A Brooklyn man wants a million dollars for every year the state wrongly locked him up in prison.

Derrick Deacon, who spent almost a quarter-century behind bars for a crime he didn’t commit, has hit the state with a $25 million lawsuit he hopes will teach authorities a lesson about bending the rules to gain a conviction.

“These people have to pay for every day they made me suffer behind the wall for no reason,” Deacon, 58, who was freed last year by new evidence, told The New York Post.

Deacon was convicted of murder on Dec. 21, 1989, in the fatal shooting that April of Anthony Wynn, 16. He was sentenced to 25 years to life in prison.

But Deacon was granted a new trial on June 20, 2012, after a Jamaican gangbanger said a fellow gang members killed Wynn.

Also, a woman who took the stand at Deacon’s trial recanted her testimony, saying police or district attorney investigators had coached and even threatened her.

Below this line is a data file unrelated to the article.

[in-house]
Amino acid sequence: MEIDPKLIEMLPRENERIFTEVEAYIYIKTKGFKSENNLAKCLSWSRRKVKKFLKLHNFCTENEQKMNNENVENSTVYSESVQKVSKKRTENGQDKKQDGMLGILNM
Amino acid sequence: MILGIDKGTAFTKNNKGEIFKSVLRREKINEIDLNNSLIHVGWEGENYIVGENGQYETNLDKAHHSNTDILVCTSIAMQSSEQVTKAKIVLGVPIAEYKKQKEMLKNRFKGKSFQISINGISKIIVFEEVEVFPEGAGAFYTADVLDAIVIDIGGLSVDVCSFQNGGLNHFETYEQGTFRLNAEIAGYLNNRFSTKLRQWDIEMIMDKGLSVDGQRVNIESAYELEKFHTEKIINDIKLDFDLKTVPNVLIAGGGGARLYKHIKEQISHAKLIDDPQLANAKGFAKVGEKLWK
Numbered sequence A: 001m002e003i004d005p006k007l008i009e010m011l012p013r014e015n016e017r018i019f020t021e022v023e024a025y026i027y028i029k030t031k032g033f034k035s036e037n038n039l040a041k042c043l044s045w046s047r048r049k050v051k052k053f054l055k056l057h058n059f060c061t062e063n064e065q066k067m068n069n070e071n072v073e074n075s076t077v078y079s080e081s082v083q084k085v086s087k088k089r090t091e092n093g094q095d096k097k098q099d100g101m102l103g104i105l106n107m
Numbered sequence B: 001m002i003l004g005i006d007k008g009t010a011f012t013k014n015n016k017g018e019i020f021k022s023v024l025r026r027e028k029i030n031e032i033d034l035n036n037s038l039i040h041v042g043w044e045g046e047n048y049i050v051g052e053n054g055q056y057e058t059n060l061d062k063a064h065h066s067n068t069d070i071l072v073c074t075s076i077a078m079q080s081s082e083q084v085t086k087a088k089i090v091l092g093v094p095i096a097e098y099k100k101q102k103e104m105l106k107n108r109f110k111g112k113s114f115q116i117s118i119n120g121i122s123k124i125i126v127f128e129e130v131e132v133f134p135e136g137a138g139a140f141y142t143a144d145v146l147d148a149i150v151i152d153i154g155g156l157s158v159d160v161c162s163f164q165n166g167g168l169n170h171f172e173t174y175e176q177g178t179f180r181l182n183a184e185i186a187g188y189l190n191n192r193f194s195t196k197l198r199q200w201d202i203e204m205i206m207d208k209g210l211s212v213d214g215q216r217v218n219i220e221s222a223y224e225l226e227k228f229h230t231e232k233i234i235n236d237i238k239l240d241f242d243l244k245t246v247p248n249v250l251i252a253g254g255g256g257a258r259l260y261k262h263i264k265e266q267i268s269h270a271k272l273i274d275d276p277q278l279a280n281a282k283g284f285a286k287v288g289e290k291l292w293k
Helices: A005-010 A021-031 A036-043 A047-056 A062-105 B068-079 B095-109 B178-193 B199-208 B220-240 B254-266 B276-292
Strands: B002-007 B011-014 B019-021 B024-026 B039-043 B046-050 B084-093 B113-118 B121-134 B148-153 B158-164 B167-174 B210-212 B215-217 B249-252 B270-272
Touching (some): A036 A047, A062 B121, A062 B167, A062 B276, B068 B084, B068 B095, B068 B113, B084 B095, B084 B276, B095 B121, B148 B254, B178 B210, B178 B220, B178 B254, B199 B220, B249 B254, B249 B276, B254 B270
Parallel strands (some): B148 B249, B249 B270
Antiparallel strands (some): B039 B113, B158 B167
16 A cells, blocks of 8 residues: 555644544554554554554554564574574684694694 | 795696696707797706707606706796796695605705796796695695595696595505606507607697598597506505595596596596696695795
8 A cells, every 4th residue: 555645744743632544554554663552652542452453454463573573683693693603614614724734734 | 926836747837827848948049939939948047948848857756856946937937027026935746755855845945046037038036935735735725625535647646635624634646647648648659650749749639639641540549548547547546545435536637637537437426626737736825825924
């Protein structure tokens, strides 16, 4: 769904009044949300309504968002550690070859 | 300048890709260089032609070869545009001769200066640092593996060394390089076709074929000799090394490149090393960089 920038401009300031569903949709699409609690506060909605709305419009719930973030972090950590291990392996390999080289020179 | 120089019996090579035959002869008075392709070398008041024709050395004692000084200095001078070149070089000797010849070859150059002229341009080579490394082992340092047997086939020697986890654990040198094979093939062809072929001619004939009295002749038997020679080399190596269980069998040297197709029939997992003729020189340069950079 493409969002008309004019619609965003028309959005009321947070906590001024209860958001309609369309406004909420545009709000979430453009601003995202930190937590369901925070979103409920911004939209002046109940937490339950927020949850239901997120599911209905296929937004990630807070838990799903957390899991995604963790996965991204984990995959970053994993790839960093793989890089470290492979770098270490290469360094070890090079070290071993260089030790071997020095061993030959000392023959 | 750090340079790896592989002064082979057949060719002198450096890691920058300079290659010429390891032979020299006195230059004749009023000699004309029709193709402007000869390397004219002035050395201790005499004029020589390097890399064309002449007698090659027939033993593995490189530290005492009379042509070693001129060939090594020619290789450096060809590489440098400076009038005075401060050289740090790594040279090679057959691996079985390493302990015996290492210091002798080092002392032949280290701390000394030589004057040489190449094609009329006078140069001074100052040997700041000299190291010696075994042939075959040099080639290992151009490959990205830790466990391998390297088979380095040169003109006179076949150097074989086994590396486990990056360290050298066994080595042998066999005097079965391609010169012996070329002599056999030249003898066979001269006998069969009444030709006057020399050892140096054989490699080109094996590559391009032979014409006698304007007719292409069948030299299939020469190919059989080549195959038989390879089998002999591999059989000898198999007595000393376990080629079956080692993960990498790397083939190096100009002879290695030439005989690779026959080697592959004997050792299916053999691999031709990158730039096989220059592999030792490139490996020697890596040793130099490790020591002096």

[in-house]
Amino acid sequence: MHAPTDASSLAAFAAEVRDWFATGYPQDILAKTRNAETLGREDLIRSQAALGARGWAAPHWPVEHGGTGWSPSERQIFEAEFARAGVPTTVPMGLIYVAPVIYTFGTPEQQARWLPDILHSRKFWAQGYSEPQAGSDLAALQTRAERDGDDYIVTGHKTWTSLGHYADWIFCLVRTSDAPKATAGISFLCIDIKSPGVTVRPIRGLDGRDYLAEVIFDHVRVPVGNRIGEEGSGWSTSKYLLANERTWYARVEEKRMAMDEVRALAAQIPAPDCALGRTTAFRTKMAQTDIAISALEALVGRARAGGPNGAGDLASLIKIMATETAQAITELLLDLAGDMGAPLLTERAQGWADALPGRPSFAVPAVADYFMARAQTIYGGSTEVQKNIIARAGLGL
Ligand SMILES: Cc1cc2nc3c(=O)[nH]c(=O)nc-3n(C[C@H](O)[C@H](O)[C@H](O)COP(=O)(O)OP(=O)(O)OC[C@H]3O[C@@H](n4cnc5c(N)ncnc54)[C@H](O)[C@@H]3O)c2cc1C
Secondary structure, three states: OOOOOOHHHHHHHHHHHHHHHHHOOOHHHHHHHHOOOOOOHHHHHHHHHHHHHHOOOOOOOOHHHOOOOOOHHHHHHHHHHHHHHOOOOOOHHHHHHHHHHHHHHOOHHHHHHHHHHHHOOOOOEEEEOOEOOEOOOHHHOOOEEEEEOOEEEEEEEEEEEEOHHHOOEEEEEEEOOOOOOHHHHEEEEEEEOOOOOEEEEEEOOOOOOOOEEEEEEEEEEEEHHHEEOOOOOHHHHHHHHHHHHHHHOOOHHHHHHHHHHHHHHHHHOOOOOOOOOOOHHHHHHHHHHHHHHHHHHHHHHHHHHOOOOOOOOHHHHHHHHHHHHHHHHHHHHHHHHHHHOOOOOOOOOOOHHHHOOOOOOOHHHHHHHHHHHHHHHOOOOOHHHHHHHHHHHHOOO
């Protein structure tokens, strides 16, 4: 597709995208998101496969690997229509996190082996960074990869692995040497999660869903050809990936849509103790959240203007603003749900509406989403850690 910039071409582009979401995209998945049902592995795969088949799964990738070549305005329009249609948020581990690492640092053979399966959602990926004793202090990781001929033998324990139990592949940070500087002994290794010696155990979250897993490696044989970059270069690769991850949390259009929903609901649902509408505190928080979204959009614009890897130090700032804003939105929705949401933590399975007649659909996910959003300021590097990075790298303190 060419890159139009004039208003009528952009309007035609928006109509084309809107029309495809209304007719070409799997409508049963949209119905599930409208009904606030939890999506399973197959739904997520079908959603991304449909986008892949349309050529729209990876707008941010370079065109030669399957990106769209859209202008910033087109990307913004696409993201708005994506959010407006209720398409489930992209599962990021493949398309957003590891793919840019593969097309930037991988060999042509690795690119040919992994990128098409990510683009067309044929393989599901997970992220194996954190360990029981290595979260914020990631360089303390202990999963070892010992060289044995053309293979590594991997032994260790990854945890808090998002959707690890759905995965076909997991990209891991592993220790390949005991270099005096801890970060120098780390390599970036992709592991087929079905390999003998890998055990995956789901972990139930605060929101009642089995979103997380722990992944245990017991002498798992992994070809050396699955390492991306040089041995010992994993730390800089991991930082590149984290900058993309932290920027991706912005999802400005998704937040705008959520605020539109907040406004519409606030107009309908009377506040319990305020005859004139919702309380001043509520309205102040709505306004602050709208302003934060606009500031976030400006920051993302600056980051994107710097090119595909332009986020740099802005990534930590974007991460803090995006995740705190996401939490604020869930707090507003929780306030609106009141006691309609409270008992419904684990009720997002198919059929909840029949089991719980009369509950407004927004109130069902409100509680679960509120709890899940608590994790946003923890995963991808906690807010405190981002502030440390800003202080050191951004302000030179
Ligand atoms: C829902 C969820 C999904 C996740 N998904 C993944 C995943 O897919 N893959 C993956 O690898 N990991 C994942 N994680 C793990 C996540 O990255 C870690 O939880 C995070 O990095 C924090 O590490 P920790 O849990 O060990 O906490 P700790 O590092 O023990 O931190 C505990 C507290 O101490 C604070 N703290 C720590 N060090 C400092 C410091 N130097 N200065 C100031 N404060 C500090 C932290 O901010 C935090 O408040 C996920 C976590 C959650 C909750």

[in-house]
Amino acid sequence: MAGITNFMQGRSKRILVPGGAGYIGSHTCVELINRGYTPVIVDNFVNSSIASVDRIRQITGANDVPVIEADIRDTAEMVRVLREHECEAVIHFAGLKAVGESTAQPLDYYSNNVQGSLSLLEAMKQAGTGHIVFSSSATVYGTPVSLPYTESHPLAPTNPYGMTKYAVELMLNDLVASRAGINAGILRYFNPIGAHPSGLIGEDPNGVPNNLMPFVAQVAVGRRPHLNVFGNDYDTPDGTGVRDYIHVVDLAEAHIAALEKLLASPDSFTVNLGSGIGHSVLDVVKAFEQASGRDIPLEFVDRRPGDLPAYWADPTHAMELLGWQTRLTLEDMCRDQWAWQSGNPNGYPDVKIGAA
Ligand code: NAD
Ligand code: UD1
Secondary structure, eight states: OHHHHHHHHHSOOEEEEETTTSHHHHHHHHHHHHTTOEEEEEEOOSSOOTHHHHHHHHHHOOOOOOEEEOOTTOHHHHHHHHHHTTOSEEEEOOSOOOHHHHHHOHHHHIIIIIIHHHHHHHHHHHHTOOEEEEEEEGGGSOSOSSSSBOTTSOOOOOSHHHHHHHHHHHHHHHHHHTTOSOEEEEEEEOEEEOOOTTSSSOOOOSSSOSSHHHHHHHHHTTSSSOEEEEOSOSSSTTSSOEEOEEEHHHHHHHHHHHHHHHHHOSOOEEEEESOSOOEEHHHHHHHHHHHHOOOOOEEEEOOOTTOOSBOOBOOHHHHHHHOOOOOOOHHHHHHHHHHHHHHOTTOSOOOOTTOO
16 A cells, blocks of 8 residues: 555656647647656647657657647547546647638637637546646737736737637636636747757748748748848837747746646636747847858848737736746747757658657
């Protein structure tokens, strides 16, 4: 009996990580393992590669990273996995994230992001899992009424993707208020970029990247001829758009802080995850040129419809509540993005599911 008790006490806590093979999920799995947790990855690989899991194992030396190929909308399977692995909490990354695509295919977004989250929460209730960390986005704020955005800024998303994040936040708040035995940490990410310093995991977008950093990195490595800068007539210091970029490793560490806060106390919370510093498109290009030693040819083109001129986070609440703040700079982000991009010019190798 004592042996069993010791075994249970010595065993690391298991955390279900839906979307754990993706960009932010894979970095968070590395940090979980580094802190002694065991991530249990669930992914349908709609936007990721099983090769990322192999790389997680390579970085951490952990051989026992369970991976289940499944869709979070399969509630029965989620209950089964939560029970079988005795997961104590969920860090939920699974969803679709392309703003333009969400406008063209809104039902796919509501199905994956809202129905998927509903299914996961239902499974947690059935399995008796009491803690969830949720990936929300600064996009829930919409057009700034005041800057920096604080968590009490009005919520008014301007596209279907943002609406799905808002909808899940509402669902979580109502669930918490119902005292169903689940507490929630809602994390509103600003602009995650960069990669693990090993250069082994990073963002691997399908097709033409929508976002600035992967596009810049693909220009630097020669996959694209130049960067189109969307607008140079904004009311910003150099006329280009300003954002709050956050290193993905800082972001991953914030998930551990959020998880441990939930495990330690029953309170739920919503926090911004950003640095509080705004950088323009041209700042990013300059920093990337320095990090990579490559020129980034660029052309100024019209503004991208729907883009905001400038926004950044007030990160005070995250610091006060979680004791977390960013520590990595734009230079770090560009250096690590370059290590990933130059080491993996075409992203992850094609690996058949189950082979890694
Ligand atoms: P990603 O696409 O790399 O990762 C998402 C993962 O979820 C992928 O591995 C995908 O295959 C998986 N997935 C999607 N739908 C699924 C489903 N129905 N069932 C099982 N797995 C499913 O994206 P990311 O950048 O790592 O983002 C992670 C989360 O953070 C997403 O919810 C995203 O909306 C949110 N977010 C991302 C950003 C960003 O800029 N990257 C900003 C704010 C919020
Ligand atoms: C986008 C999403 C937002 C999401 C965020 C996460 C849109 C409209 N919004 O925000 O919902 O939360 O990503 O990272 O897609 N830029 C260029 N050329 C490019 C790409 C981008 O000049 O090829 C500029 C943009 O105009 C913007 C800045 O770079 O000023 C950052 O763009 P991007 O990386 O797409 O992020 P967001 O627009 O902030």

Colleen Campbell had told investigators Deacon was not the man she saw fleeing in a stairwell after the shooting, but she was coached to give vague testimony at trial, with authorities threatening to take her children if she didn’t cooperate, the suit states.

“[Police] told Campbell that she was in trouble for leaving the children unattended and that the children would be taken away unless she accompanied them to the District Attorney’s Office,” says the suit, filed by Deacon’s defense attorney, Glenn Garber.

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